Spring Blogfest: Janine Donoho

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Grouse Eggs & Kestrels and Seedlings & Soil
(as sung to ‘My Favorite Things’)

In this remote conservation area of Washington State, vernal equinox triggers messy chasms brimming with snowmelt. Summer’s alkaline dust transforms into muck capable of entombing my 4-wheel drive eco-diesel up to its wheel wells. Days collect into weeks of treacherous roads.

I wait to plant seeds until after mid-May, since hard frosts shrivel tender cotyledons. After years of starting seedlings indoors, I reverted to direct sowing into compost enriched soils. The hardening process for young plants is fickle, and planting seeds works just as well.

Still the promise of spring causes me to excavate lighter clothing and bury the thick layers of winter. I begin to wake earlier with a curious lift to my spirits. It’s the fragrance of spring that starts me along this path.

When wild grasses poke through the drying crust of alkaline silt in this high desert, I move into the bliss zone. Yes, these are the same grasses that require vigorous slashing to maintain defensible space around our home as fire season roars into being. Yet at this stage, the verdant color and lush bouquet—well, it makes me ridiculously happy. I breathe more deeply.

JANINE Dusky Blue Grouse eggsSpring is also when the dusky blue grouse male begins to court his harem, drumming Oot, oot, oot from his air sacs while he struts his stuff. Not long afterward, his hens lay buff colored eggs beneath Ponderosa pines and sagebrush. Incubation takes almost a month before hatching in late May.

This is the sweet time, when my drip system is optional and yellow jackets aren’t dive-bombing me in the gardens. Native arrowleaf balsamroot (Balsamorhiza sagitatta) splashes the steppes with festive yellows as raptors freewheel along thermals. My particular favorite, the kestrel, sets up housekeeping in our nesting box. By late summer, the fledglings scream their fear and excitement as they take their first flight from one branch to another, then one pine to another before departing to establish their own territories.

But today, it’s the scent of spring, the promise of lush Mediterranean gardens, and the quality of light that fills me with hopefulness. Daylight hours have gone from winter solstice’s threadbare eight to nearly twelve. By summer solstice we’ll enjoy sixteen hours of light. For now, I wander the forests and sagebrush steppes, cherishing eggs tucked into grouse nests.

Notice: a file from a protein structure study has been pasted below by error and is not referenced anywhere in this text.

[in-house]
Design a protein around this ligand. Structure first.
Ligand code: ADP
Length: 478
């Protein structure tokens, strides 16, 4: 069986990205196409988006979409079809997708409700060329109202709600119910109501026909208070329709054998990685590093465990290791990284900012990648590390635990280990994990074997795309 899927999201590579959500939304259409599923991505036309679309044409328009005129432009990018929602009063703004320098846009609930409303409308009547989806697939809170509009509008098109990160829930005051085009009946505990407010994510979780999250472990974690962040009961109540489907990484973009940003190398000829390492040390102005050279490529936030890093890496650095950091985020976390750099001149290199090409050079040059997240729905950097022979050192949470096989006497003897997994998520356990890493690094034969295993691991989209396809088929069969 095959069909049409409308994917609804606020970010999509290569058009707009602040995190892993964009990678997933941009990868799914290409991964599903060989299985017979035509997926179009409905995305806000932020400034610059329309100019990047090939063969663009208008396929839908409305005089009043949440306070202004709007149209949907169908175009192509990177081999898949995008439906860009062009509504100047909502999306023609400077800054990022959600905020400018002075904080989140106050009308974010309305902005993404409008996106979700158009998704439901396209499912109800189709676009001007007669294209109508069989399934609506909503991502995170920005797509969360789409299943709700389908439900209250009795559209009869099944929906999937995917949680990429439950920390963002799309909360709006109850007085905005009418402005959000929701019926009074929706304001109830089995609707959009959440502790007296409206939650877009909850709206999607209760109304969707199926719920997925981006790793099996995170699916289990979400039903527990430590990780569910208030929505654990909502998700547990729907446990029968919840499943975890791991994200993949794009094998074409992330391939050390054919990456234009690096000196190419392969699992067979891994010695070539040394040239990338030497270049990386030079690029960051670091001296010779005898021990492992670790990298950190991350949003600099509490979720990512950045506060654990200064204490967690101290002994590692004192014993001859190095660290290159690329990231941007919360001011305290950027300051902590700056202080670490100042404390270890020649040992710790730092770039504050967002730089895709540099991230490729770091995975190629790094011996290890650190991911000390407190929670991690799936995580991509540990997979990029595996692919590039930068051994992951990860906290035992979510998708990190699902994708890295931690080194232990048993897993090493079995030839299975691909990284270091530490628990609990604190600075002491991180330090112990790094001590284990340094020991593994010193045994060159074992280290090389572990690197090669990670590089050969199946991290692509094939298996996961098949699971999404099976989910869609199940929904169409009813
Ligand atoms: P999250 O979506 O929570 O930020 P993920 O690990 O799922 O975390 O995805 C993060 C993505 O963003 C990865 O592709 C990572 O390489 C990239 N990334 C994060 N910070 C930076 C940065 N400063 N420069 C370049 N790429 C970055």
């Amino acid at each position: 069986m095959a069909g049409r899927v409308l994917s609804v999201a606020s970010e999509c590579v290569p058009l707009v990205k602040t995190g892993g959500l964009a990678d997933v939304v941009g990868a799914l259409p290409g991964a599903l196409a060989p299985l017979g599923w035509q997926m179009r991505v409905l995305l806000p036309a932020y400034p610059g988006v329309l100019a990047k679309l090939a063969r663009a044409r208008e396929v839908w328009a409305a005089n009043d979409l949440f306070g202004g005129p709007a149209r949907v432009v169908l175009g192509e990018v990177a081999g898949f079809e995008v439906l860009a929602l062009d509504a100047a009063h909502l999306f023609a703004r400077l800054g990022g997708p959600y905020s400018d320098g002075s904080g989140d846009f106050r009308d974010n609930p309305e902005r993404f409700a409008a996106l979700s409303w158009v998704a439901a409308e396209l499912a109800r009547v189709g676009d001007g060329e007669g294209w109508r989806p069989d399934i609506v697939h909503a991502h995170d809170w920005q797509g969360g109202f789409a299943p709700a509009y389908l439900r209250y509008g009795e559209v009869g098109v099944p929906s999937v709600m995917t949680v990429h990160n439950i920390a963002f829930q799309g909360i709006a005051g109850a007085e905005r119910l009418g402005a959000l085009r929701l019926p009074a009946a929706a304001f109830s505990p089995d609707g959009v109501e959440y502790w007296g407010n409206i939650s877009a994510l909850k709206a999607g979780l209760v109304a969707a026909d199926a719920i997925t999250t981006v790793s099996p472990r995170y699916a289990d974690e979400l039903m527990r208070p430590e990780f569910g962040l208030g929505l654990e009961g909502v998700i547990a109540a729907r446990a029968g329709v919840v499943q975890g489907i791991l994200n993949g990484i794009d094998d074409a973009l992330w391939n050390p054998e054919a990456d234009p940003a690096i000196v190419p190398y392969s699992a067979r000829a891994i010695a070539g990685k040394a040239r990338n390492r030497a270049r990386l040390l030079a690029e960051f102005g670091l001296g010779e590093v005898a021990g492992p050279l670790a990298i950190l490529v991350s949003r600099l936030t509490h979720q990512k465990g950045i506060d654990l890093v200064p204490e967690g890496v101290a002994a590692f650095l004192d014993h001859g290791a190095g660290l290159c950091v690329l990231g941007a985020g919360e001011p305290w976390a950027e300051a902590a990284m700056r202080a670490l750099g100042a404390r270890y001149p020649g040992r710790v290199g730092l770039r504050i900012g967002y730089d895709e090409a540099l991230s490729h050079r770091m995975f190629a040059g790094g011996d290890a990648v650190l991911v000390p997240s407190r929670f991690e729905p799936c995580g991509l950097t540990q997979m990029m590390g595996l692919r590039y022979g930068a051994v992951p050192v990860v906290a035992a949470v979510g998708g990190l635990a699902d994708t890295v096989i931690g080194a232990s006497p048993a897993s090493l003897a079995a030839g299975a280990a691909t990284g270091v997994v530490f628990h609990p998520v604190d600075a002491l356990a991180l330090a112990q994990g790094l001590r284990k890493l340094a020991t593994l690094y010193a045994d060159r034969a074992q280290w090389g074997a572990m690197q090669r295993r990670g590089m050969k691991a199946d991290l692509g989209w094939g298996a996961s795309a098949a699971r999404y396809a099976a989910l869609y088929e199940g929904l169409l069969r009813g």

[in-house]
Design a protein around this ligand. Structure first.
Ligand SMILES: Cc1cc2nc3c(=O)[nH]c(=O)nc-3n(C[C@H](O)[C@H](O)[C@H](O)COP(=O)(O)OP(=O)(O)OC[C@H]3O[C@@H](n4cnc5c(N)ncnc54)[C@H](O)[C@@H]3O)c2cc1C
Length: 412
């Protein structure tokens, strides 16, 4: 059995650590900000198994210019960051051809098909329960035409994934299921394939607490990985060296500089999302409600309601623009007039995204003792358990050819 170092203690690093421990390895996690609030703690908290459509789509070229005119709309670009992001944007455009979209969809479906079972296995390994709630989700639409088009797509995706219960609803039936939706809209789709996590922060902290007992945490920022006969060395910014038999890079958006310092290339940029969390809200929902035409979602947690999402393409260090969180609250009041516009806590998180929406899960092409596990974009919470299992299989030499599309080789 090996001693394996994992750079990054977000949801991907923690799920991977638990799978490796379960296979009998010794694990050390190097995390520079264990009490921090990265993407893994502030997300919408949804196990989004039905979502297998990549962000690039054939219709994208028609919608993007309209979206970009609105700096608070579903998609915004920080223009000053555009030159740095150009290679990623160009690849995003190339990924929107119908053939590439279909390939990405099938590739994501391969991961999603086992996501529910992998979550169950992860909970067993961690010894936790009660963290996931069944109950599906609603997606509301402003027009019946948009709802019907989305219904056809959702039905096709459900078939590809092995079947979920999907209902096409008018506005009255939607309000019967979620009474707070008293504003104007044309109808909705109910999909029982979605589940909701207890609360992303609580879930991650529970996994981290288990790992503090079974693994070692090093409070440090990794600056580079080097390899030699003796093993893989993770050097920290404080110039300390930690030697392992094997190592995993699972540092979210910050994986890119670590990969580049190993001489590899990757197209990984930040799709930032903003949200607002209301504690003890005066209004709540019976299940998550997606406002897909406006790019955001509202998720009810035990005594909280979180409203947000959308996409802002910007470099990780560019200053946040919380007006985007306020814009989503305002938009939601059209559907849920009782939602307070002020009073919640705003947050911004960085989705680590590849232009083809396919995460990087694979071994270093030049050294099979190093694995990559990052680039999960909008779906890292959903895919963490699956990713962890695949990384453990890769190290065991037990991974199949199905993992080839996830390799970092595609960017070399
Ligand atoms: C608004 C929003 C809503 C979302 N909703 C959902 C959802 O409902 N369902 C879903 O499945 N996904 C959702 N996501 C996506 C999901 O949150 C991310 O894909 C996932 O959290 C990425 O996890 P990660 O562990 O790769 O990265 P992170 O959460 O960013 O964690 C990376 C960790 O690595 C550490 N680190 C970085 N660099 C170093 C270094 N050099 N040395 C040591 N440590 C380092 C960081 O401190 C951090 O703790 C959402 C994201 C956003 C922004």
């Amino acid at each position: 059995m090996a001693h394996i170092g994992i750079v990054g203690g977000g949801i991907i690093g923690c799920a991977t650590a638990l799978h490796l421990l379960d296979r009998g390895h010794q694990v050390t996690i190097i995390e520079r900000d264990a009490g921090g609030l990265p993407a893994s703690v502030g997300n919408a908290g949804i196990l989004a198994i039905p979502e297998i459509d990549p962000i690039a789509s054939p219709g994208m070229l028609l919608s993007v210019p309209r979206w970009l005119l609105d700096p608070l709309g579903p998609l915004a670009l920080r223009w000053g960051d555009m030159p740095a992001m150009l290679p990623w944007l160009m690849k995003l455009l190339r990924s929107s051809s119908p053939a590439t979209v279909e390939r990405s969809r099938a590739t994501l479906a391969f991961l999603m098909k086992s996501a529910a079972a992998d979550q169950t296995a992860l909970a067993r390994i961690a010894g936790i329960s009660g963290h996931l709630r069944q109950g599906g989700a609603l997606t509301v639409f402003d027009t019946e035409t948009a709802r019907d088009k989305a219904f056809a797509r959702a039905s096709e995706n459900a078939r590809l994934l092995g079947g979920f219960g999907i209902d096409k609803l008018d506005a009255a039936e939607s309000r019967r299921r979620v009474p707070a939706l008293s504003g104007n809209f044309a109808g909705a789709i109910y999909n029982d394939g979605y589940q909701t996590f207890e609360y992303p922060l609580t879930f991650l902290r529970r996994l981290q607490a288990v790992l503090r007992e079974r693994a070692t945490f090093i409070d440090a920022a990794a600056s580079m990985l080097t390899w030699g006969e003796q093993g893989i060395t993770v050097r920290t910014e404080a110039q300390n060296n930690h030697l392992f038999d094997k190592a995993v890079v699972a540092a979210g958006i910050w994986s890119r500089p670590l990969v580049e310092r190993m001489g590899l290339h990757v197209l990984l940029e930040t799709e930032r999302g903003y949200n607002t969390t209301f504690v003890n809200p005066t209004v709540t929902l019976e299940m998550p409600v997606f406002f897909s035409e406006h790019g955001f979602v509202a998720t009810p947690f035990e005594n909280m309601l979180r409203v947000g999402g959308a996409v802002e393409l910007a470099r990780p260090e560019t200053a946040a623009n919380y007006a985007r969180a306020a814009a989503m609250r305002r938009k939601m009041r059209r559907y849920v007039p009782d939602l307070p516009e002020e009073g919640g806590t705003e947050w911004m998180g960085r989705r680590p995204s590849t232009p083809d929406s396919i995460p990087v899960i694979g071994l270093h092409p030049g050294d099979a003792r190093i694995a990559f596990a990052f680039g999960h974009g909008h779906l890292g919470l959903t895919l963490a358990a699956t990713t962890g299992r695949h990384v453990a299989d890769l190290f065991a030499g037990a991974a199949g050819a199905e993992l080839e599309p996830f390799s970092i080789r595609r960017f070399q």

JANINE Soundings for TRRIs there hope for a grieving mother’s heart?

Ecopsychologist Dr. Margo Updike loses herself in a shadow life after her daughter’s tragic death. When a century storm deposits a young girl on Maggie’s secluded beach in Puget Sound, a miraculous renewal begins. Then the apparent orphan exhibits signs of neglect and worse, prompting Maggie’s vow to protect and heal her–no matter the cost.

The arrival of a mysterious man claiming to be Sorcha’s father upends Maggie’s life. She finds Morrissey strangely irresistible even as her friend Sheriff Ajax Smith questions the man’s motives and odd behavior. As a serial killer’s victims begin surfacing in Seal Cove, Jax must curb his suspicions to enlist Maggie as a profiler.

Will Jax and Maggie find the murderer before he strikes again? With Morrissey’s secrets trapping Maggie on destructive shoals between reality and legend, can she grasp his true nature before losing her chance to rebuild a life worth living? To what depths–and heights–will she go for a daughter, a beloved man and, ultimately, her humanity?

About the Author:Award-winning writer Janine Donoho grew up navigating extremes–perhaps due to the ups and downs of her San Franciscan birthplace. That Escher landscape primed her to embrace imaginary worlds. With one foot planted in fuzzy science and the other in invented realms, she occupies the land of What If. Published in novel-length and short fiction, along with essays, Janine pursues the thumps that echo in the night–and writes about those, too.

With her intrepid husband, Italian greyhound, and tuxedo cat, Janine makes her home in the spectacular Okanogan Highlands of Washington State. Mountain lions, coyotes, and bears–oh, my!

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  1. Neva Brown says:

    Some more good information to add to my Easter research. Thanks for an interesting read.

  2. I just bought some seeds today. Plan on planting soon.

  3. interesting post

    bn100candg at hotmail dot com

  4. Your post was interesting. The length of daylight time with the scant eights hours at Winter’s lowest and twelve hours at Summer’s longest was something I didn’t know.

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